Mediation is offered as a free service for members of the London & Middlesex County community. During the mediation process, two trained student mediators provide the framework for effective communication between the parties in conflict. A mediator does not take sides, decide who is right or wrong, or impose solutions. Rather, the mediator acts as a neutral third party setting ground rules, focusing the discussion and creating a safe and fair environment where the parties can resolve their differences. Each party is given equal opportunity to present the issue from their perspective, and to listen and respond to the other party's concerns. The mediation process is flexible to the needs of those involved. Attention is focused on each person's interests as the parties are in full control of the outcome.
Mediating through the DRC has many advantages:
- Free: Avoid the costs of going to court, the DRC's services are free.
- Fast: We will contact participants within a few days. The mediation process can be completed in as little as two weeks.
- Convenient: Mediation sessions can be arranged to accommodate your schedule; day, evening or weekend.
- Informal: You can work through your conflict in a relaxed, neutral and private setting. Mediation is flexible in design and can be tailored to your needs.
- Voluntary: Mediation is begun only after both parties agree to the process, and either party can walk away at any stage during mediation.
- Confidential: All information is held in strict confidence.
Types of Disputes Mediated
The types of disputes we will mediate include:*
- breach of contract
- debts owed
- roommate and landlord-tenant disputes
- neighbour disagreements
- employment issues
* Please note that we do not mediate family law disputes or criminal charges, due to the sensitive nature of these matters. We also cannot mediate disputes that involve a client of Community Legal Services.
The Mediation Process
Step 1: Initial Contact
The mediation process begins when one of the disputing parties contacts the DRC. This can be via phone, email, walk-in, or referral from another source. The student coordinator will discuss with the initiating party the basic facts of the dispute and how mediation may assist the parties in resolving the dispute. The student coordinator will then telephone the non-initiating party or send a letter to invite them to mediate the dispute. If the non-initiating party agrees to participate then a mediation date is scheduled. Prior to the mediation session both parties must sign an “Agreement to Mediate” form.Step 2: Opening the Session & Introducing the Process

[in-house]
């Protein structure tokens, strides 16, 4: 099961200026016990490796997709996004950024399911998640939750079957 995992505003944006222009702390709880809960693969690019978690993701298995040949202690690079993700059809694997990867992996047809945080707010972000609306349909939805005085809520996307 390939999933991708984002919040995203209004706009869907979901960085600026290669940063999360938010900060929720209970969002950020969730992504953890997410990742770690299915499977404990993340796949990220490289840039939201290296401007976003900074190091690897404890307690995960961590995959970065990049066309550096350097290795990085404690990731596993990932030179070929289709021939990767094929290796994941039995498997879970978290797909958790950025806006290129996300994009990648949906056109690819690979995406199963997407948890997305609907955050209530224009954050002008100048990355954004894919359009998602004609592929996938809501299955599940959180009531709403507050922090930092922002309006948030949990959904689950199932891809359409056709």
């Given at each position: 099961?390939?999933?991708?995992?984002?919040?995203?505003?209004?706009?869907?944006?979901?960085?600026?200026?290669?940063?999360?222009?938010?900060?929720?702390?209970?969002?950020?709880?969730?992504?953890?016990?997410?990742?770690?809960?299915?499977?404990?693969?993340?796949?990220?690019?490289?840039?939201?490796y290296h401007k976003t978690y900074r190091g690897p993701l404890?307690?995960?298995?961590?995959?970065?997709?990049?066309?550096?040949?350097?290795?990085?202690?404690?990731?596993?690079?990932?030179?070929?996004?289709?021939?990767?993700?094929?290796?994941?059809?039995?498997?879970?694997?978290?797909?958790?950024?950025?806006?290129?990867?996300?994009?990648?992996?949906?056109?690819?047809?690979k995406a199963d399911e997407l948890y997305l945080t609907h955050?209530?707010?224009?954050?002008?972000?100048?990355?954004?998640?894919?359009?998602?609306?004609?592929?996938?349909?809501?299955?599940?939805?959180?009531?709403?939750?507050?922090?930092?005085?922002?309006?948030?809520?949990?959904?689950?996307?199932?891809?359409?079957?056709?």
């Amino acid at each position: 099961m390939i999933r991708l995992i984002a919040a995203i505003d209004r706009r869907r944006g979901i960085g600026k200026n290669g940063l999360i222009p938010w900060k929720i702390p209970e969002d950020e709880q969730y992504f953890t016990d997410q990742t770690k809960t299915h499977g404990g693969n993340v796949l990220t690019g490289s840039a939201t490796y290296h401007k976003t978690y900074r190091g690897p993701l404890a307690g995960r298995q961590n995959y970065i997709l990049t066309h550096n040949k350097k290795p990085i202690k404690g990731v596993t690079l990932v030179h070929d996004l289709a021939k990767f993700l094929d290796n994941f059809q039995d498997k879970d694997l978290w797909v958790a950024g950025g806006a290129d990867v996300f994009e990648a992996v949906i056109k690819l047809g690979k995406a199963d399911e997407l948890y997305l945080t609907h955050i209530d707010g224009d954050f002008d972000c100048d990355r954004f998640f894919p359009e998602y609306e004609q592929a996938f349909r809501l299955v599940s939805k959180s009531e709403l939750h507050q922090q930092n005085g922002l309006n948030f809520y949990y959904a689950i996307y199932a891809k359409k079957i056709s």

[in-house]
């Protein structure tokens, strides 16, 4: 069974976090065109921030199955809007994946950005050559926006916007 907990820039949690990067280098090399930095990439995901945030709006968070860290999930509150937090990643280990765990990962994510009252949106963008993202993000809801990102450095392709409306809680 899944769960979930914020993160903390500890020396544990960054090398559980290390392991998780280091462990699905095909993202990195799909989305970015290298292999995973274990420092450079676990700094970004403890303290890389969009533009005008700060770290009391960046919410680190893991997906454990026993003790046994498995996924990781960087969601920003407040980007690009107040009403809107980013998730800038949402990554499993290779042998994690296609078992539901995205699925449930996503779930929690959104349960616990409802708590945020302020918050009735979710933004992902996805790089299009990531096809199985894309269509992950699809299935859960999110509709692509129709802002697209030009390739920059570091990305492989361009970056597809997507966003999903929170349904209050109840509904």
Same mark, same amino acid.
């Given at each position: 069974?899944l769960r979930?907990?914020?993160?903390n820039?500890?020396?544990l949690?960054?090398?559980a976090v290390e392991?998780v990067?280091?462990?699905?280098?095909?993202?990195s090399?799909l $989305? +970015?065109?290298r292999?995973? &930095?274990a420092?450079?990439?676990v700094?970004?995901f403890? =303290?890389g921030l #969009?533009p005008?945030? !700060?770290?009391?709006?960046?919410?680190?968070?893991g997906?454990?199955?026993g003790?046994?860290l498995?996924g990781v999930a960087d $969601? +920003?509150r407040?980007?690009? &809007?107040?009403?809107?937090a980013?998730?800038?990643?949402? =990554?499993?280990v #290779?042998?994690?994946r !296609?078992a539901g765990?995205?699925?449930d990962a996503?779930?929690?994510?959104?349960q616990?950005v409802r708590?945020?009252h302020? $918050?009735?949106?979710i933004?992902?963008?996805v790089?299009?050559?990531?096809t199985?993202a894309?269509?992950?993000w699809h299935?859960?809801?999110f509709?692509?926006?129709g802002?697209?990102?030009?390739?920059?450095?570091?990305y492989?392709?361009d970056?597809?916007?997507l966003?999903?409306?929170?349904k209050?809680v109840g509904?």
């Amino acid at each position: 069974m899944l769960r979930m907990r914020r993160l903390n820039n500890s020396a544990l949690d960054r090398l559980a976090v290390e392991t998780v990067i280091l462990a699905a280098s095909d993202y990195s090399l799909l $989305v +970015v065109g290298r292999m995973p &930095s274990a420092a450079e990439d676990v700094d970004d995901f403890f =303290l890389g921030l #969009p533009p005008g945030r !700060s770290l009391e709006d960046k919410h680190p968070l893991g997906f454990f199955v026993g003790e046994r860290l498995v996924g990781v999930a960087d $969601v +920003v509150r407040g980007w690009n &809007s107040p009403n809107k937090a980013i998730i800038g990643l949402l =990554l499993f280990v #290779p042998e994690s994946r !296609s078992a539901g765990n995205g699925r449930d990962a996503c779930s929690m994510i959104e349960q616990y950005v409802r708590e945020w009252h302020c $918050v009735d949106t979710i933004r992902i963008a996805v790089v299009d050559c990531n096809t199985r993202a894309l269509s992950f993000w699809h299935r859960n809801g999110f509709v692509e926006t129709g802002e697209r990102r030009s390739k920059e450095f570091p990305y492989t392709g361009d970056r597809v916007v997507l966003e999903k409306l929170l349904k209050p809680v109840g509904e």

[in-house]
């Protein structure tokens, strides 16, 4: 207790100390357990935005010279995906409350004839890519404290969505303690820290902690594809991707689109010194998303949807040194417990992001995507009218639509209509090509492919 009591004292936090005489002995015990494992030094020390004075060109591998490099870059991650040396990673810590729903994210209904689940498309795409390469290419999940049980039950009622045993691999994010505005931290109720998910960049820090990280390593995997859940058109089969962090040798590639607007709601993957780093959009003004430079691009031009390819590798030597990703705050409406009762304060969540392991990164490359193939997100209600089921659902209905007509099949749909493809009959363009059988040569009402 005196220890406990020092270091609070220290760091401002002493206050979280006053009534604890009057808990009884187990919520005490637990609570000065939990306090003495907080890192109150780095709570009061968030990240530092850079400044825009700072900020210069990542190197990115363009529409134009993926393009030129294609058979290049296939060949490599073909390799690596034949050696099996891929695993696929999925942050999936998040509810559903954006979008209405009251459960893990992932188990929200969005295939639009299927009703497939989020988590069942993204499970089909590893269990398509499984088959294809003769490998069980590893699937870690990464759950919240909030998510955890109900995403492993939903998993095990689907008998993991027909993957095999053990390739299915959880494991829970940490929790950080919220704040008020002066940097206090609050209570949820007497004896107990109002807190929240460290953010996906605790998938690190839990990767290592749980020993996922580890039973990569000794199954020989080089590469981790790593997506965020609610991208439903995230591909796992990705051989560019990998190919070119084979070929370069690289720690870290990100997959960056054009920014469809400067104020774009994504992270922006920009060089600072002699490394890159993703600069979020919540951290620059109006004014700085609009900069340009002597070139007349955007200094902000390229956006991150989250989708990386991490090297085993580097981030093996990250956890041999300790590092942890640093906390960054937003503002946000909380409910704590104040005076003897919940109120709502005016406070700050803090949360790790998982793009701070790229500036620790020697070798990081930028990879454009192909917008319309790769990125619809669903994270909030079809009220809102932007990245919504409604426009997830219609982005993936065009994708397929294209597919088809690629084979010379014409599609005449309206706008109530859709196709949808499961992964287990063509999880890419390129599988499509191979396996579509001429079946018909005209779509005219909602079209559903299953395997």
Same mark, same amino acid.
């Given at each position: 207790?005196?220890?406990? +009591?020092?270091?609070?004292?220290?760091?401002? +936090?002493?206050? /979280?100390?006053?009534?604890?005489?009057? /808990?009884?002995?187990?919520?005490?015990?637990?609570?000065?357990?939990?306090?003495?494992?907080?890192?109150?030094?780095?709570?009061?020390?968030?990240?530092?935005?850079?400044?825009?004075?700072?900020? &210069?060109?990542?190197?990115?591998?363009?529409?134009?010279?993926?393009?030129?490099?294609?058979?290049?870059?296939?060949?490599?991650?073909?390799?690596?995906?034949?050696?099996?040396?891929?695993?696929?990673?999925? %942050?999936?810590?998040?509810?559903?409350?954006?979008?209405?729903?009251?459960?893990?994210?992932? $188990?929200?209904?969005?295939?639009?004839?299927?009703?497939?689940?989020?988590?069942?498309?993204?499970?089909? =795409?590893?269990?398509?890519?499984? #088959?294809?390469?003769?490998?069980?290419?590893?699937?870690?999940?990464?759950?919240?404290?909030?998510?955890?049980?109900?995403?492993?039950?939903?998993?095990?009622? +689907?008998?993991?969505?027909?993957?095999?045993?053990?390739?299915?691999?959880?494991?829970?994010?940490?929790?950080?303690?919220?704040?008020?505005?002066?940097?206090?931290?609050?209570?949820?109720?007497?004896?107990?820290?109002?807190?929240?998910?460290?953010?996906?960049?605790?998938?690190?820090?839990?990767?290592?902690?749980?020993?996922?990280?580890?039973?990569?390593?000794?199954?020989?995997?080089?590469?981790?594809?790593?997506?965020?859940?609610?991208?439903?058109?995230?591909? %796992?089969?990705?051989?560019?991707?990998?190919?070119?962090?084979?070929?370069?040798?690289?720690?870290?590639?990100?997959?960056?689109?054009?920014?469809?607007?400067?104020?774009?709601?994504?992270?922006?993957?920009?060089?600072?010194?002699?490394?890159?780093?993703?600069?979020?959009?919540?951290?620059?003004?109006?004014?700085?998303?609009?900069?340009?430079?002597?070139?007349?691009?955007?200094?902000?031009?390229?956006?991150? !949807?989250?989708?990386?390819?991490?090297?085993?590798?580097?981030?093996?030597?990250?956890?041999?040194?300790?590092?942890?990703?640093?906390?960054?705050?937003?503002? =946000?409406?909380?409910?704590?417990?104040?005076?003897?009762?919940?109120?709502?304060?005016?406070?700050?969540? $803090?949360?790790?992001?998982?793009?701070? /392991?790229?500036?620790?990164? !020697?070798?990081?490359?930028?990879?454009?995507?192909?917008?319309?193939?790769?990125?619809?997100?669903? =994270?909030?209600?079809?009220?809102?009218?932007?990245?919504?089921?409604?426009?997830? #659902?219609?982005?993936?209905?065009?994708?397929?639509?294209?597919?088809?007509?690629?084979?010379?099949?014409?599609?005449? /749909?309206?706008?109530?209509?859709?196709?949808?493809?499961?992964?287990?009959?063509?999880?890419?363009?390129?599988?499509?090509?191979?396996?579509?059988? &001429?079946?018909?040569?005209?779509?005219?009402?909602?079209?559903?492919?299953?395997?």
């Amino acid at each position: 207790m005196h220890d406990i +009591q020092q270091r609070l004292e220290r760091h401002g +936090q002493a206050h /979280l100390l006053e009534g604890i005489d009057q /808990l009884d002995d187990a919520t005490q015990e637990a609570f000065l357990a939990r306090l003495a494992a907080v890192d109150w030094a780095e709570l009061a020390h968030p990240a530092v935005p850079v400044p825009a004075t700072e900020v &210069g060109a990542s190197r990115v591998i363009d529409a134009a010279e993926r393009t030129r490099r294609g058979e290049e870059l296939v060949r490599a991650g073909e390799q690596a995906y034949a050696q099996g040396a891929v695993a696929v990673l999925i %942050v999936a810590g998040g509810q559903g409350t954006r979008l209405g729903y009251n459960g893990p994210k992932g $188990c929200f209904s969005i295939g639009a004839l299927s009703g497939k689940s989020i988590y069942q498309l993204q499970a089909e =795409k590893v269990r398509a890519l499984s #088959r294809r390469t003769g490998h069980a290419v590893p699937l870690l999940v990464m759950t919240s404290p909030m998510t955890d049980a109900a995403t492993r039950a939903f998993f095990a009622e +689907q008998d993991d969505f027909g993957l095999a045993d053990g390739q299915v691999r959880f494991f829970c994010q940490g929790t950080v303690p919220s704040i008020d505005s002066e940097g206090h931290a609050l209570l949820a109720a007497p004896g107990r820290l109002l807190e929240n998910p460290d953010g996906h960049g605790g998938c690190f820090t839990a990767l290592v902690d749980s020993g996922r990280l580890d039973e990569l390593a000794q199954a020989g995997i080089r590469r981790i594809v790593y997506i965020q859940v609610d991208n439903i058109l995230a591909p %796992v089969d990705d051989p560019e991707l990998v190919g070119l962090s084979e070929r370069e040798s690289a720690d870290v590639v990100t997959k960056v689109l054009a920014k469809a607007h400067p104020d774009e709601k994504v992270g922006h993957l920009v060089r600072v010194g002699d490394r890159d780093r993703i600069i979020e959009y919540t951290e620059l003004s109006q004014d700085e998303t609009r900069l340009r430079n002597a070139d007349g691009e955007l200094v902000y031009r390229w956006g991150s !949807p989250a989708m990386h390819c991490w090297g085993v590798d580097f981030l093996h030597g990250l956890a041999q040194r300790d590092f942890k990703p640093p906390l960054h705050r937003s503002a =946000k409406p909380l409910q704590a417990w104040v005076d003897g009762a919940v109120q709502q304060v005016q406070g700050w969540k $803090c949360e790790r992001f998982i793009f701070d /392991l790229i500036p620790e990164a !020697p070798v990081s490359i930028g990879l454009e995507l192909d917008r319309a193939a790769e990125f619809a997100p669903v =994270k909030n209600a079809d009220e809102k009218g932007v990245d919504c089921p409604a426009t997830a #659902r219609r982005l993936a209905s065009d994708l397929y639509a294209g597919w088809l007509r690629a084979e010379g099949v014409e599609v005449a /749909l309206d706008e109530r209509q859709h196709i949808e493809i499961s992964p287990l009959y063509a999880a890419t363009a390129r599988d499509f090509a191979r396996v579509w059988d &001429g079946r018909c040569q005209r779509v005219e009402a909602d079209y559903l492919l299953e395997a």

The DRC employs a co-mediation model that pairs an experienced supervising mediator, usually one of the student coordinators, with a mediation intern. The co-mediators will begin the session by explaining the process, laying some ground rules, and emphasizing the confidential nature of mediation.Step 3: Gathering Information, Defining Issues & Generating Agenda
The mediators will begin by asking each party to make a brief opening statement. This will allow both parties to relate the facts as they perceive them without fear of reprisal. After both parties have been given equal time to speak, the mediators will begin to help the parties narrow their focus to their respective interests. An interest is a party's underlying motivation for the position they are taking. The mediators will try to get the parties to agree on an agenda of interests that need to be addressed.Step 4: Exploring the Issues
Once an agenda has been set, the mediators will help the parties explore their interests as they relate to the current dispute. By keeping the discussion flowing, the parties may be able to come to a better understanding ofStep 5: Generating Options for Settlement & Problem Solving
After each issue has been explored to the parties’ satisfaction, the mediators will encourage a brainstorming session to generate possible solutions to the problems facing each party. Again, this is an interactive process where both parties are encouraged to contribute to a list of options for settlements. Creativity is key, so no suggestion is without merit. The mediators in general will refrain from making suggestions unless asked to do so by both parties.
Step 6: Writing the Agreement & Closing the Session
If the parties come to a mutually agreeable solution to their dispute, the mediators will work with the parties to draft a mediation agreement in their own words. Each party will have opportunity to revise the draft agreement as they see fit. Once the draft is completed, each party will be asked to sign. Copies of the agreement will be given to each party, as well as kept on file at the DRC office. It is important to remember that under no circumstances should a party feel pressured to sign an agreement. Mediation is a voluntary process from start to finish. Even at the agreement stage, a party is free to walk away without repercussions.